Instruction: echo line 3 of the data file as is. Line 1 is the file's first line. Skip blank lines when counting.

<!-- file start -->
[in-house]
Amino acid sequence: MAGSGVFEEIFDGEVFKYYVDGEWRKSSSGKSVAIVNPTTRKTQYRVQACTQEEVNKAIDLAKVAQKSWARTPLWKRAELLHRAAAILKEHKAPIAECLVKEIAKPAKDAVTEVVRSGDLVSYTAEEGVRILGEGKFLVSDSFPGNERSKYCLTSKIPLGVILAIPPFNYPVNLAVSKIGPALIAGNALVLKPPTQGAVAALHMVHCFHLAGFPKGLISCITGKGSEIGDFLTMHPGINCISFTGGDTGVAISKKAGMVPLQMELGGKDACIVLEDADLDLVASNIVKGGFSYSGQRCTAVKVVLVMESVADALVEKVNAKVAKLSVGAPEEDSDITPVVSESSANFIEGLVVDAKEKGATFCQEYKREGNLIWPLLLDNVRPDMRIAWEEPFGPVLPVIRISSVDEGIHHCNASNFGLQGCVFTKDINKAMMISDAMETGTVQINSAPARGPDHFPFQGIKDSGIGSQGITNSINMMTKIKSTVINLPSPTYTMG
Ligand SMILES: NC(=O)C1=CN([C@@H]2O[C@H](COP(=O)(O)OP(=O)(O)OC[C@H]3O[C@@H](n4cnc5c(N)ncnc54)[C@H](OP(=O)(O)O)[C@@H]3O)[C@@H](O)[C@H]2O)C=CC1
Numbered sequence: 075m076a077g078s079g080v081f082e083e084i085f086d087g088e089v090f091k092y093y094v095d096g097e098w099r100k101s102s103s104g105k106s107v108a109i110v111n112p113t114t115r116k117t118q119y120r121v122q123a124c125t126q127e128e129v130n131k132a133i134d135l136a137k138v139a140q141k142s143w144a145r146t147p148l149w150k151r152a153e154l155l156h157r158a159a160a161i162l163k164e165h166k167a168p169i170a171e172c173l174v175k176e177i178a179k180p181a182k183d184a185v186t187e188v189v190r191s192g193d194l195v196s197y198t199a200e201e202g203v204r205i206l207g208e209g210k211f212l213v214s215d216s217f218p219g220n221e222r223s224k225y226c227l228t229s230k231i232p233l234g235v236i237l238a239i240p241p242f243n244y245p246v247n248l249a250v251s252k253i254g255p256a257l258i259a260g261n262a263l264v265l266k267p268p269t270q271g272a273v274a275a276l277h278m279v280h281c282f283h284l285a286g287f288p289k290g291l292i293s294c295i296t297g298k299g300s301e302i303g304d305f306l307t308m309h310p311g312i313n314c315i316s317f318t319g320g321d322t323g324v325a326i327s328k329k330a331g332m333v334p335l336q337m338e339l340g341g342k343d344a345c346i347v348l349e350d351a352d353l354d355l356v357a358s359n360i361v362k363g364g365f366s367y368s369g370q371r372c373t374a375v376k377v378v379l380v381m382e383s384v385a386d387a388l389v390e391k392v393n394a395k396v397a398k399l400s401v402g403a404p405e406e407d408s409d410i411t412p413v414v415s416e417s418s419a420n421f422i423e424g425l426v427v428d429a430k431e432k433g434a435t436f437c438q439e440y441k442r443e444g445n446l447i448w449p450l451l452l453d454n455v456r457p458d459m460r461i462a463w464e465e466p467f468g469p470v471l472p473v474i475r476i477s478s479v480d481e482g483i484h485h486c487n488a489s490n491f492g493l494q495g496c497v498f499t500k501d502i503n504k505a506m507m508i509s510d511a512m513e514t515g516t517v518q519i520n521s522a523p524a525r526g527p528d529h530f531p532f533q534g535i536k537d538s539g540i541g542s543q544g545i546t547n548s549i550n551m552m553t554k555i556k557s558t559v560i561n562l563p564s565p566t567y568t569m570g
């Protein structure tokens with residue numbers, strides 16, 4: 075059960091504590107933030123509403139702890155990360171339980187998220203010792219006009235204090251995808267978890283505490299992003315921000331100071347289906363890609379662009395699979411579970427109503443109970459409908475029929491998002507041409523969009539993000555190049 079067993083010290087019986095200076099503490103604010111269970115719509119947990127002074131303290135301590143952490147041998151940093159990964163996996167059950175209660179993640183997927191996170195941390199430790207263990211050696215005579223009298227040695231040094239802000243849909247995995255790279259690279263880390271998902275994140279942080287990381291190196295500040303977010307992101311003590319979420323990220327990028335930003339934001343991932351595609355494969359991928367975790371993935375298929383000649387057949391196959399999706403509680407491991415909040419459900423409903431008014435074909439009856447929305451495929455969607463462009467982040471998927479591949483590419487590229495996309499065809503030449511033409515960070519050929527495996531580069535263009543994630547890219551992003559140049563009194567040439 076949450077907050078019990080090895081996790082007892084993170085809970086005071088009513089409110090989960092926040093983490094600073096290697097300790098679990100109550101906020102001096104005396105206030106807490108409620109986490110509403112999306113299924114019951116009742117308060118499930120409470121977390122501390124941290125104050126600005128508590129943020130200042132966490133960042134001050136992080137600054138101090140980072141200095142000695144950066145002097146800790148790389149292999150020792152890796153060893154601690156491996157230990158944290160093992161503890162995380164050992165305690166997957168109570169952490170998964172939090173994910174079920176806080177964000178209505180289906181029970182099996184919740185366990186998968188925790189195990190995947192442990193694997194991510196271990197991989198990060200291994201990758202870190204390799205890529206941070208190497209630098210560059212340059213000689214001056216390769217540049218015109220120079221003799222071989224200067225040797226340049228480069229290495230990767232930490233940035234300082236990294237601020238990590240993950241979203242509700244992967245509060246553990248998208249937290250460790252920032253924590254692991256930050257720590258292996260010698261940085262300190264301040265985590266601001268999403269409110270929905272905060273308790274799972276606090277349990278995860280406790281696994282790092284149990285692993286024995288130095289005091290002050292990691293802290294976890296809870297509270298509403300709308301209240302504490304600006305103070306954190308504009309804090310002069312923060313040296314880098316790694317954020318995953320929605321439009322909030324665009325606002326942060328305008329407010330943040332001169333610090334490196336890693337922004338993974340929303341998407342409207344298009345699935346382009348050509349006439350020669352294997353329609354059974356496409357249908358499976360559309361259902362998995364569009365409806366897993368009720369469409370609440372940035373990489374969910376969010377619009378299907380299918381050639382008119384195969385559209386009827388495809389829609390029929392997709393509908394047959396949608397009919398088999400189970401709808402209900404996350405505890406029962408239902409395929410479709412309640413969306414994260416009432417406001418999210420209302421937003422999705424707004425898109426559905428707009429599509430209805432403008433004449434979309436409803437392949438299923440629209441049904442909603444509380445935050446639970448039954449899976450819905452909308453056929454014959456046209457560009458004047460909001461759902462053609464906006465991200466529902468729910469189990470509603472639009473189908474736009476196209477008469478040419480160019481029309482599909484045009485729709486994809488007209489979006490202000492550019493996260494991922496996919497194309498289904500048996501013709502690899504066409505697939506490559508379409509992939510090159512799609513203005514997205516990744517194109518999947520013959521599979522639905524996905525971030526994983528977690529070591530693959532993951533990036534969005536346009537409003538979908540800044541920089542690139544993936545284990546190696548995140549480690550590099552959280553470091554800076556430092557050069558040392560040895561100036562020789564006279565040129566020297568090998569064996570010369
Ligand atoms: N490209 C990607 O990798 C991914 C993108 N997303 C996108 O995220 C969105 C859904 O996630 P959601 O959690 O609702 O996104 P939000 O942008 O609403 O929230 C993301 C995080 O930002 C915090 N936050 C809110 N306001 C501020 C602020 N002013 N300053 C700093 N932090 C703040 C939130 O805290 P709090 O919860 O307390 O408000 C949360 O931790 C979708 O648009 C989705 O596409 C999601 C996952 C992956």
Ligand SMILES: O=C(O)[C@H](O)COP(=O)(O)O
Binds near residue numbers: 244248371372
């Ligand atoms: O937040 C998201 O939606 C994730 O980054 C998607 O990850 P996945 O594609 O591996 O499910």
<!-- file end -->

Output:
Ligand SMILES: NC(=O)C1=CN([C@@H]2O[C@H](COP(=O)(O)OP(=O)(O)OC[C@H]3O[C@@H](n4cnc5c(N)ncnc54)[C@H](OP(=O)(O)O)[C@@H]3O)[C@@H](O)[C@H]2O)C=CC1